In a few minutes, the BEA will revise US GDP figures going back nearly one century, for one simple reason: the economists in charge will do all they can to reconcile the observed drift between GDP and unemployment in stark refutation of Okun's Law, which we have previously disclosed, and which if left unattended will continue crushing the credibility of said economists. Since all it will take are some number additions to "generate" growth, the result is predictable. But what specifically are the upcoming changes to the various accounts and components? Bloomberg's Joseph Brusuelas explains.
Changes to the national income and product accounts data will be released at the same time as the second quarter estimate of gross domestic product. The revisions go back to 1929 and include the current business cycle. They will probably show a deeper recession and modest increases in the level of growth in the current cycle that may add as much as 3 percent to the level of GDP.
While growth may look more impressive, the growth path and rate of overall economic activity in recent years isn’t likely to change.
Higher GDP may support those on the Fed pushing to start tapering. While the numbers are likely to shift noticeably, the change won’t merit a surprise announcement of tapering later today.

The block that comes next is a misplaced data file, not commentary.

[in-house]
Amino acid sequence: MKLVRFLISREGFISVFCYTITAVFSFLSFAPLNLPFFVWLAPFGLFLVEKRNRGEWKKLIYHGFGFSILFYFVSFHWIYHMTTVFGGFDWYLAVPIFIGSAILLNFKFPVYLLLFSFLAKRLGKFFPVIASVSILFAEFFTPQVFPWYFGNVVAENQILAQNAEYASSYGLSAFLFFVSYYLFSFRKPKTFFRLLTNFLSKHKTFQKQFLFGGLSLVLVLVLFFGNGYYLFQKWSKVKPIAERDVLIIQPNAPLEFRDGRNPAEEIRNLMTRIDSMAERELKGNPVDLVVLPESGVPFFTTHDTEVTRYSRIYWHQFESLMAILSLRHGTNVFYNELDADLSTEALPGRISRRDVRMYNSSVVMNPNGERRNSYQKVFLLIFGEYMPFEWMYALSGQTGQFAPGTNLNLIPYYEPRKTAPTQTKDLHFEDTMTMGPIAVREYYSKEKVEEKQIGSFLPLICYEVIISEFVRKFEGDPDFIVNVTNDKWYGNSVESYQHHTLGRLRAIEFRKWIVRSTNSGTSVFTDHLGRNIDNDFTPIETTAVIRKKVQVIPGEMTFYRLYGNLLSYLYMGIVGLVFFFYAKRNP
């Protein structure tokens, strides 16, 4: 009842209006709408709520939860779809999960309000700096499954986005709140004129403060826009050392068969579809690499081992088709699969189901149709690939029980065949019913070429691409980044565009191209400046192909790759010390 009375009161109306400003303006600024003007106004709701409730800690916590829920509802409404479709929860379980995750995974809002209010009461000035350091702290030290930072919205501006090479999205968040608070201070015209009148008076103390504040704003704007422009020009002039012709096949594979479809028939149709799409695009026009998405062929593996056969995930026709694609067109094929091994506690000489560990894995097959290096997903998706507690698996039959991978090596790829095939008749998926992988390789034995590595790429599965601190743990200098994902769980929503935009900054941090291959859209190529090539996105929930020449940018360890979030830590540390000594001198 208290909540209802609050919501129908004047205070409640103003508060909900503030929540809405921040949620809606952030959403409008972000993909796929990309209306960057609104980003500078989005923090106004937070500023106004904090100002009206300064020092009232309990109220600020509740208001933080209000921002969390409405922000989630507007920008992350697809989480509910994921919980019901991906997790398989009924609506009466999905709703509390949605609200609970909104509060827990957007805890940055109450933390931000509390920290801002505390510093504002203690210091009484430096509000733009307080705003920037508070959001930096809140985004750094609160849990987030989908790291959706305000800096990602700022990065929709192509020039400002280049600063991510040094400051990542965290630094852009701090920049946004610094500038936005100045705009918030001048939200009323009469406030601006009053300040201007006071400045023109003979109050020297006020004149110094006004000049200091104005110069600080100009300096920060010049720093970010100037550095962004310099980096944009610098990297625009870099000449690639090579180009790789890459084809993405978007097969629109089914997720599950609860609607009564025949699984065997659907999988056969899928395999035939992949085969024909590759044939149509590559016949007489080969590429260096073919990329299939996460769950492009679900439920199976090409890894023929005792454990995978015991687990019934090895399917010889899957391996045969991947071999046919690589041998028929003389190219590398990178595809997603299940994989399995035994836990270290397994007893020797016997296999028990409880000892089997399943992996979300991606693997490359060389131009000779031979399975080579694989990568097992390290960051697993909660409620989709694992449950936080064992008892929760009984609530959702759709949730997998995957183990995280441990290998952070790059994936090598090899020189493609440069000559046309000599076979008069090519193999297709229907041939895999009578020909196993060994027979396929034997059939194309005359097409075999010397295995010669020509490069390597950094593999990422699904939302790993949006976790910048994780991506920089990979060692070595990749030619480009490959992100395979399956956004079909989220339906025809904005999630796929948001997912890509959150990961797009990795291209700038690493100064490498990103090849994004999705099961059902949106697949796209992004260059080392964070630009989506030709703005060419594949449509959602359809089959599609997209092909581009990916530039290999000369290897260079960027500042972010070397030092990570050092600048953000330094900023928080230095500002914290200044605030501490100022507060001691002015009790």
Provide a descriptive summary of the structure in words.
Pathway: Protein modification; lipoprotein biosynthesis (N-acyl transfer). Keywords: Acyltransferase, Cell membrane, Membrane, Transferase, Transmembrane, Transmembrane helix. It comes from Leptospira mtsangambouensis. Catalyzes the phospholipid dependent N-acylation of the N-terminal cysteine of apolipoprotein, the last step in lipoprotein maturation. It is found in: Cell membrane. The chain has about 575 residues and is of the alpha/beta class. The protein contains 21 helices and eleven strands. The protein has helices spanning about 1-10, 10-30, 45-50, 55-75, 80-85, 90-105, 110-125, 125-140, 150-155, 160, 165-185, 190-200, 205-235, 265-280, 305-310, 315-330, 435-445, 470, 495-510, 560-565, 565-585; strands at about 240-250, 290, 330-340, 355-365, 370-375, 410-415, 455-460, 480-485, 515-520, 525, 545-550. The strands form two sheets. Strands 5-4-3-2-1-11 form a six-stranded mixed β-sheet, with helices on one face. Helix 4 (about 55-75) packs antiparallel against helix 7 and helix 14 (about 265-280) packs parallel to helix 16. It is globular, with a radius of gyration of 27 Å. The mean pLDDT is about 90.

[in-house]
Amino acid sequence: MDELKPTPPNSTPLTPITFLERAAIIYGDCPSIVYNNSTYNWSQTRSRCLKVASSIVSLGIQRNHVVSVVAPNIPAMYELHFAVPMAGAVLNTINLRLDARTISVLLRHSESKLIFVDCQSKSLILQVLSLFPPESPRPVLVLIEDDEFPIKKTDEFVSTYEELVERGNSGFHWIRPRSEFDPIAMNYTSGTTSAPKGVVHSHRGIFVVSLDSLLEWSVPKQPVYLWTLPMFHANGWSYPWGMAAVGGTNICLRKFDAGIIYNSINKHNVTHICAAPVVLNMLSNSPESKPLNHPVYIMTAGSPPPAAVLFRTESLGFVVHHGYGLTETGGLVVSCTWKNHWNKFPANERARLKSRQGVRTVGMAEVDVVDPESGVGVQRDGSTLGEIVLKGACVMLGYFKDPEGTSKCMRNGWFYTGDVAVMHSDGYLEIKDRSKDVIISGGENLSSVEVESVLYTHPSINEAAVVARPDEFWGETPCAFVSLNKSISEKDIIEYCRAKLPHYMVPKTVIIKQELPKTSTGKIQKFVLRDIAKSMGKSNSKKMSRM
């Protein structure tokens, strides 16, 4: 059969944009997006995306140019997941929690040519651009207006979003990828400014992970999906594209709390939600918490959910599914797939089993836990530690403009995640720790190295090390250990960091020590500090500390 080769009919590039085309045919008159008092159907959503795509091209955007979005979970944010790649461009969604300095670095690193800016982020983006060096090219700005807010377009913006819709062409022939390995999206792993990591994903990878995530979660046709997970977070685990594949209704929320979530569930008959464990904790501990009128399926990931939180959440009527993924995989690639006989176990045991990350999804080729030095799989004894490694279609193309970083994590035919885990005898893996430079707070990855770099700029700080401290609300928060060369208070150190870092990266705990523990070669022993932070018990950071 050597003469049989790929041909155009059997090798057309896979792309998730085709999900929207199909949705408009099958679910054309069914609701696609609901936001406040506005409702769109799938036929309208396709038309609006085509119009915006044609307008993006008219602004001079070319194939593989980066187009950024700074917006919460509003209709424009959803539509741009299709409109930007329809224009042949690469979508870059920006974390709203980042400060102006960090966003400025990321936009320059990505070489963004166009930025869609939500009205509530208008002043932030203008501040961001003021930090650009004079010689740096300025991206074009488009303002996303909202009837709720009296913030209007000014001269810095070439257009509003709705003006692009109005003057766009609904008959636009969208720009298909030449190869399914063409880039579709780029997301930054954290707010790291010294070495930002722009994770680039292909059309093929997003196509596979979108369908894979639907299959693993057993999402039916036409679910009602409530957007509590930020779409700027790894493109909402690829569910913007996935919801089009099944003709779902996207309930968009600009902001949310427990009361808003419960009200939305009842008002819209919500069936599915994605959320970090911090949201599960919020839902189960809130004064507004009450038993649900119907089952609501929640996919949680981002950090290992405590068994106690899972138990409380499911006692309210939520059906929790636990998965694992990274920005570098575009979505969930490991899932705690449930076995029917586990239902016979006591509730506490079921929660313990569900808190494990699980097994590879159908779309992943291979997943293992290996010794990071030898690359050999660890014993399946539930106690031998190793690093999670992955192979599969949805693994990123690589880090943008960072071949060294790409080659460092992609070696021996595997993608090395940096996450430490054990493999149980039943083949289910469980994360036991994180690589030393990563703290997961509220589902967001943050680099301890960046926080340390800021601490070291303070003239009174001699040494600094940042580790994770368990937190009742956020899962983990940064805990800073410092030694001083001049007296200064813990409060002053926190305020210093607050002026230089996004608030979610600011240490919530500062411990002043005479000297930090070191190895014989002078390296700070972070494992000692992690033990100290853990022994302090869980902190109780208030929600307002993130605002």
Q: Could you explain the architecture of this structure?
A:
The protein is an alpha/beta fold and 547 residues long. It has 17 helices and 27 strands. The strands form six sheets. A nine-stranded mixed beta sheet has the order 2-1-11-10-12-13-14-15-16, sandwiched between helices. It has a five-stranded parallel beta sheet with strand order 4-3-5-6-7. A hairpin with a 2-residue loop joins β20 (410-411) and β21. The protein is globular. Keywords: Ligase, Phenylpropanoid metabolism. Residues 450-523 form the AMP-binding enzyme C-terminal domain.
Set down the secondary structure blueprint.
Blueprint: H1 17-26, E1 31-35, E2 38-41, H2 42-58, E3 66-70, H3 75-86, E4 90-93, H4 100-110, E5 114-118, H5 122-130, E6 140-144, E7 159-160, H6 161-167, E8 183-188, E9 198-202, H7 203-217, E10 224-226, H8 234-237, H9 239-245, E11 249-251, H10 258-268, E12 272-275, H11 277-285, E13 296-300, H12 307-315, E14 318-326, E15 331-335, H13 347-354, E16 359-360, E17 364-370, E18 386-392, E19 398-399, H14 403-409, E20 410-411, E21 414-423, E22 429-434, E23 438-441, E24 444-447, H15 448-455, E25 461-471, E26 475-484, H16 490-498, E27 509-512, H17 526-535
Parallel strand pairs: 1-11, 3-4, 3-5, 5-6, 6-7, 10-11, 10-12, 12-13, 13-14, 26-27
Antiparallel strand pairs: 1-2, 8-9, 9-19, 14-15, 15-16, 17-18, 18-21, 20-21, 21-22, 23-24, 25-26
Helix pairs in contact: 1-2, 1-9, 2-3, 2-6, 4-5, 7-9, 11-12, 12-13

With increased data on receipts, expenditures and cash flow with respect to pensions, regulators and investors should have a better sense of what public entities have severely underfunded pensions programs. Investors should expect the potential crisis in the U.S.
public pension system to play a greater role in the national economic narrative given the recent municipal bankruptcy in Detroit that includes $11.9 billion in unsecured obligations to lenders and retirees.
The biggest methodological change will be the reclassification of Research and Development Expenditures as well as Intellectual Property – entertainment, literary, and artistic originals. Where previously treated as an expense, these areas will now be categorized as investments and included in the measure of GDP.